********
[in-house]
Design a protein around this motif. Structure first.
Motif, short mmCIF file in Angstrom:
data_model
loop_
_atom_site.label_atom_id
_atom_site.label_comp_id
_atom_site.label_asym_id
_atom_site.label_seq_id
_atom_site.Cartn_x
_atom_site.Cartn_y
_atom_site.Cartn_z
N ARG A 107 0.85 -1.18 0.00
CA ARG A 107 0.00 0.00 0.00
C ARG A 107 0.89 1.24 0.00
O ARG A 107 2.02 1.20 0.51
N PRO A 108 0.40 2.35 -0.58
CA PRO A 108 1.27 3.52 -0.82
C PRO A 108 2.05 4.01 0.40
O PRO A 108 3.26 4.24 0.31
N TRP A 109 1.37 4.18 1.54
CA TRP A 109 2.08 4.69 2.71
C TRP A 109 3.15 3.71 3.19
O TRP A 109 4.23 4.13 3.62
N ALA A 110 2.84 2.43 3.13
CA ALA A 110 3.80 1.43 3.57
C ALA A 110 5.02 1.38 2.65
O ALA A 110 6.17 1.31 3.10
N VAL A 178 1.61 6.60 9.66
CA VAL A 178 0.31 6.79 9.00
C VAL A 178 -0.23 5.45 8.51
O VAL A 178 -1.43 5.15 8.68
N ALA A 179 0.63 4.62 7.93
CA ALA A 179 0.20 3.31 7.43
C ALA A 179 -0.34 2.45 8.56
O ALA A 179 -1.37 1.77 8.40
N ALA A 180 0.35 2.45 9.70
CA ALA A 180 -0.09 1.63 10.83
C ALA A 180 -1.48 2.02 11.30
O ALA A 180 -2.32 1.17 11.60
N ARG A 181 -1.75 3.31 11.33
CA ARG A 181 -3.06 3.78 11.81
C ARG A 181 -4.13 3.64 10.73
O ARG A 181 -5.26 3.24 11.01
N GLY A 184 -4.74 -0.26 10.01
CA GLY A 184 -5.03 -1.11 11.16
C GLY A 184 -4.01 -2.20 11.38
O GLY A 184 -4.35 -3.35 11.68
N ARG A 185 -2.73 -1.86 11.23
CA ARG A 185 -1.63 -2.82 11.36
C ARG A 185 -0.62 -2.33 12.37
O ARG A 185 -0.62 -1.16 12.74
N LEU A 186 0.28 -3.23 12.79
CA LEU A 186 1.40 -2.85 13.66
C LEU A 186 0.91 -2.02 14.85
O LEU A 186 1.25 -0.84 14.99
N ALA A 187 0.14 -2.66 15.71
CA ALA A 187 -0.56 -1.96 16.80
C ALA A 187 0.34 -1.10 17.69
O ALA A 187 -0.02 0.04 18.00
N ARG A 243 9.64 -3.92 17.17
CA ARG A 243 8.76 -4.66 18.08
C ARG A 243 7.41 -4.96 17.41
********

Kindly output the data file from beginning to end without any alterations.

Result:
[in-house]
Design a protein around this motif. Structure first.
Motif, short mmCIF file in Angstrom:
data_model
loop_
_atom_site.label_atom_id
_atom_site.label_comp_id
_atom_site.label_asym_id
_atom_site.label_seq_id
_atom_site.Cartn_x
_atom_site.Cartn_y
_atom_site.Cartn_z
N ARG A 107 0.85 -1.18 0.00
CA ARG A 107 0.00 0.00 0.00
C ARG A 107 0.89 1.24 0.00
O ARG A 107 2.02 1.20 0.51
N PRO A 108 0.40 2.35 -0.58
CA PRO A 108 1.27 3.52 -0.82
C PRO A 108 2.05 4.01 0.40
O PRO A 108 3.26 4.24 0.31
N TRP A 109 1.37 4.18 1.54
CA TRP A 109 2.08 4.69 2.71
C TRP A 109 3.15 3.71 3.19
O TRP A 109 4.23 4.13 3.62
N ALA A 110 2.84 2.43 3.13
CA ALA A 110 3.80 1.43 3.57
C ALA A 110 5.02 1.38 2.65
O ALA A 110 6.17 1.31 3.10
N VAL A 178 1.61 6.60 9.66
CA VAL A 178 0.31 6.79 9.00
C VAL A 178 -0.23 5.45 8.51
O VAL A 178 -1.43 5.15 8.68
N ALA A 179 0.63 4.62 7.93
CA ALA A 179 0.20 3.31 7.43
C ALA A 179 -0.34 2.45 8.56
O ALA A 179 -1.37 1.77 8.40
N ALA A 180 0.35 2.45 9.70
CA ALA A 180 -0.09 1.63 10.83
C ALA A 180 -1.48 2.02 11.30
O ALA A 180 -2.32 1.17 11.60
N ARG A 181 -1.75 3.31 11.33
CA ARG A 181 -3.06 3.78 11.81
C ARG A 181 -4.13 3.64 10.73
O ARG A 181 -5.26 3.24 11.01
N GLY A 184 -4.74 -0.26 10.01
CA GLY A 184 -5.03 -1.11 11.16
C GLY A 184 -4.01 -2.20 11.38
O GLY A 184 -4.35 -3.35 11.68
N ARG A 185 -2.73 -1.86 11.23
CA ARG A 185 -1.63 -2.82 11.36
C ARG A 185 -0.62 -2.33 12.37
O ARG A 185 -0.62 -1.16 12.74
N LEU A 186 0.28 -3.23 12.79
CA LEU A 186 1.40 -2.85 13.66
C LEU A 186 0.91 -2.02 14.85
O LEU A 186 1.25 -0.84 14.99
N ALA A 187 0.14 -2.66 15.71
CA ALA A 187 -0.56 -1.96 16.80
C ALA A 187 0.34 -1.10 17.69
O ALA A 187 -0.02 0.04 18.00
N ARG A 243 9.64 -3.92 17.17
CA ARG A 243 8.76 -4.66 18.08
C ARG A 243 7.41 -4.96 17.41